Small steps boost biodiversity vision:

Farmers discovered that there are many ways to protect and enhance mahinga kai and biodiversity values while visiting Waimak Farm in Eyreton last week.

The 612-hectare farm includes the largest remaining kanuka stand in North Canterbury and due to its important biodiversity values this area is being protected by farm managers Richard and Susan Pearse.

Richard says the kanuka stand provides an important seed source and seedlings have been taken from the area to try and recreate a similar ecosystem in other dryland areas. He is aiming to plant approximately 1000 native trees per year throughout the entire farm. . . 

Farm environment plans optimised on digital platform:

The government’s fresh-water regulations are close to being fully in place, and most in the primary sector acknowledge regardless of which government is in power, the rules will by and large remain in play. Included within them is the need for all farms to complete a farm environment plan (FEP), identifying the farm business’s land management units and how environmental risk within them will be managed and mitigated.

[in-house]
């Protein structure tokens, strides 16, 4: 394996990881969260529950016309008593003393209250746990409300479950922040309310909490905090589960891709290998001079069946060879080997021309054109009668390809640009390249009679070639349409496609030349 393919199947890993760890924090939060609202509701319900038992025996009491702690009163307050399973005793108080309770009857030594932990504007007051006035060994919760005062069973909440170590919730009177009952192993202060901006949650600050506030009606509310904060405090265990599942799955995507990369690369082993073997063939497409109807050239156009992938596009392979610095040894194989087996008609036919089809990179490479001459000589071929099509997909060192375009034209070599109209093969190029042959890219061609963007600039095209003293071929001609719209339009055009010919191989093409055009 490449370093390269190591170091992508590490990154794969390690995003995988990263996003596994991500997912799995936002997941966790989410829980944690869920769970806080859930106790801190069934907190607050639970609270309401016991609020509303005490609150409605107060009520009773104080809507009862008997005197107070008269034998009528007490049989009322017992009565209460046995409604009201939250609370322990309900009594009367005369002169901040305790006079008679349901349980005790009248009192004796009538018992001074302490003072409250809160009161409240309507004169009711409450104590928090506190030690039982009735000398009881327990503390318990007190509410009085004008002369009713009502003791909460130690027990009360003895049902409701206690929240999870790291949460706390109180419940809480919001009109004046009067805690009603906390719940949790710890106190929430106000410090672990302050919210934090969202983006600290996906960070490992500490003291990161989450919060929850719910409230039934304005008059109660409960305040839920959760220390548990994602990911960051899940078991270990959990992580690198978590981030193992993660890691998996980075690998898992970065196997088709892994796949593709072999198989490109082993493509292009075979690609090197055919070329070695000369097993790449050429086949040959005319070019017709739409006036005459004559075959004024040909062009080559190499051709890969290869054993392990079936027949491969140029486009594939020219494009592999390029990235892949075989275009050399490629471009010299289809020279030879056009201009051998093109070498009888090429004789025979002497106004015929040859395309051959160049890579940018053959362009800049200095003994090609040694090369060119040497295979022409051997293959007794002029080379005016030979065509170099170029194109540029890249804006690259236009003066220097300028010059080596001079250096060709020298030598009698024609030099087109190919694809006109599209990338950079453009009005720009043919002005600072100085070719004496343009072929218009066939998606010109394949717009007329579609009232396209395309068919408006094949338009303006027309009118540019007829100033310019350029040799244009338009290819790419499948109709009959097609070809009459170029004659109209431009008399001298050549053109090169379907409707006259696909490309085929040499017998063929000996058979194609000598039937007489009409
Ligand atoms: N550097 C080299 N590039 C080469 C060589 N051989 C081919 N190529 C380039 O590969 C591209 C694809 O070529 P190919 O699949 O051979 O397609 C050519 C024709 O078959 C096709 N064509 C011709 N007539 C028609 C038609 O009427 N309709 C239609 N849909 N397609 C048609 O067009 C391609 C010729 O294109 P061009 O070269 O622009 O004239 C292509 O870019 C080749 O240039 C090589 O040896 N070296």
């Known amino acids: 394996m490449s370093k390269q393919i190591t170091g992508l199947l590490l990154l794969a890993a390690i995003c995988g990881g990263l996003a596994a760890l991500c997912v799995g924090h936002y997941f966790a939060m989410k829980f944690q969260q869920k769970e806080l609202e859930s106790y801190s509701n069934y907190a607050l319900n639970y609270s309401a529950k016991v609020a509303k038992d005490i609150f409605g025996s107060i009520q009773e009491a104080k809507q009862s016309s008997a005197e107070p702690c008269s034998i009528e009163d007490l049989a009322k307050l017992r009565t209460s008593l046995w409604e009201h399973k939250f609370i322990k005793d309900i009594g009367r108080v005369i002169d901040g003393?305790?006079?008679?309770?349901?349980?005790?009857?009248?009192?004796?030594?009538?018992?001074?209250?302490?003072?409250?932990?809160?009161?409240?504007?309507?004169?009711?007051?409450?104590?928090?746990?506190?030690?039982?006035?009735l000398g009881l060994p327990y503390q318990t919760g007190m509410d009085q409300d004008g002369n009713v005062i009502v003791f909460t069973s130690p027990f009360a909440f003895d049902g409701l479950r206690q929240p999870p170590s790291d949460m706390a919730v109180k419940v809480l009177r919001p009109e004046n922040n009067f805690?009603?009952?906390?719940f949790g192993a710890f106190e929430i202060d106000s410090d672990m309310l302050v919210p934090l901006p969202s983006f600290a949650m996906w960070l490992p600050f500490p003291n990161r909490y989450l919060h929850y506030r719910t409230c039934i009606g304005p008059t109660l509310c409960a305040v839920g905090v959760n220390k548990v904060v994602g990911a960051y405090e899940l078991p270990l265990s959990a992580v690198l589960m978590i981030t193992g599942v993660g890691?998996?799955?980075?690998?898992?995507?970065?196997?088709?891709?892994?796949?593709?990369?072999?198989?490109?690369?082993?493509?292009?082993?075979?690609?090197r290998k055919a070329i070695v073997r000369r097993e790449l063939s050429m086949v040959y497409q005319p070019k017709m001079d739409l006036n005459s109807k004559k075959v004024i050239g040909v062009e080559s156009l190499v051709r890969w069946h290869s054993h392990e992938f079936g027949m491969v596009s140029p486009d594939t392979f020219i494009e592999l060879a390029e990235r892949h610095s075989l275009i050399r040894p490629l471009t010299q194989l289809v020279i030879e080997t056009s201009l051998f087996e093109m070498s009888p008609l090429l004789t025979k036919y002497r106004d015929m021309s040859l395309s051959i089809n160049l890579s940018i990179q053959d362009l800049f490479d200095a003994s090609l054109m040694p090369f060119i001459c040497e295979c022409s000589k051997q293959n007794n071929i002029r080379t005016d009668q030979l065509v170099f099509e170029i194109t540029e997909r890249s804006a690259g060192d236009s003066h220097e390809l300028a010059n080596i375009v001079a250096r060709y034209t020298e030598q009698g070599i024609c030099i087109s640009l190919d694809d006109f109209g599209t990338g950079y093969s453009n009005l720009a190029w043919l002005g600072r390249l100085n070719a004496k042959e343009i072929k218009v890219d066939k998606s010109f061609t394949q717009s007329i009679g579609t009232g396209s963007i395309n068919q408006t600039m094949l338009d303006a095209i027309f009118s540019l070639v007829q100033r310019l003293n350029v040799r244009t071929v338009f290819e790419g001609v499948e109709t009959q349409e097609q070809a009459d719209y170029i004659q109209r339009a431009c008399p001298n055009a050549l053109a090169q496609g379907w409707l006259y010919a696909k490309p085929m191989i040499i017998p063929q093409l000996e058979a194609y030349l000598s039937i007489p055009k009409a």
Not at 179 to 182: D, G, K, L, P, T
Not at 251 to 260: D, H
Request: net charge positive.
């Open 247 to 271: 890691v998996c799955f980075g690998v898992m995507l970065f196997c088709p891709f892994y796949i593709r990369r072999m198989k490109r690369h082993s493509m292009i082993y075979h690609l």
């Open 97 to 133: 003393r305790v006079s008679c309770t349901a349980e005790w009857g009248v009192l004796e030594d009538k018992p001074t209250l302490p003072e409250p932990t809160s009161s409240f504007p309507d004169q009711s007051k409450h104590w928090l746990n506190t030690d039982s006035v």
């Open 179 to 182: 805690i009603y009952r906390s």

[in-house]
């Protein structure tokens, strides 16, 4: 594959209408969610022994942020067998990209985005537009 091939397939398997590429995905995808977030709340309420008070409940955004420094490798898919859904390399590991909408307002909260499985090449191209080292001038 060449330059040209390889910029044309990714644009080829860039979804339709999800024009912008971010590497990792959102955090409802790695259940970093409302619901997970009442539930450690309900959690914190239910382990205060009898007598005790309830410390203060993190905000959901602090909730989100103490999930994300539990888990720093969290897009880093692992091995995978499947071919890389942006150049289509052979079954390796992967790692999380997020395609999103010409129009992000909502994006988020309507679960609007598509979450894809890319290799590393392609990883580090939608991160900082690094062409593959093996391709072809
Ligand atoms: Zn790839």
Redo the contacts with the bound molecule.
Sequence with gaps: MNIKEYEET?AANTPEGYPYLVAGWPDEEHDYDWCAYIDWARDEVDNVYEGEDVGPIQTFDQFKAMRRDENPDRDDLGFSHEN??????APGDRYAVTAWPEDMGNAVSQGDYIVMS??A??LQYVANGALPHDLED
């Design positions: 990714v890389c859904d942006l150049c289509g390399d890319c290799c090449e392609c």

Ideally, farmers want to take ownership of their FEP. They know their farm best, they know its limitations and challenges, and how to work sustainably within them. More often than not, it is simply a case they hold this in their heads, rather than on any formal plan template.

But FEPs have to be more than a compliance driven “box ticking” exercise, and need to deliver real benefits not only to the environment, but to farmers’ profitability, given the time and commitment required to complete them. . . 

 


Rural round-up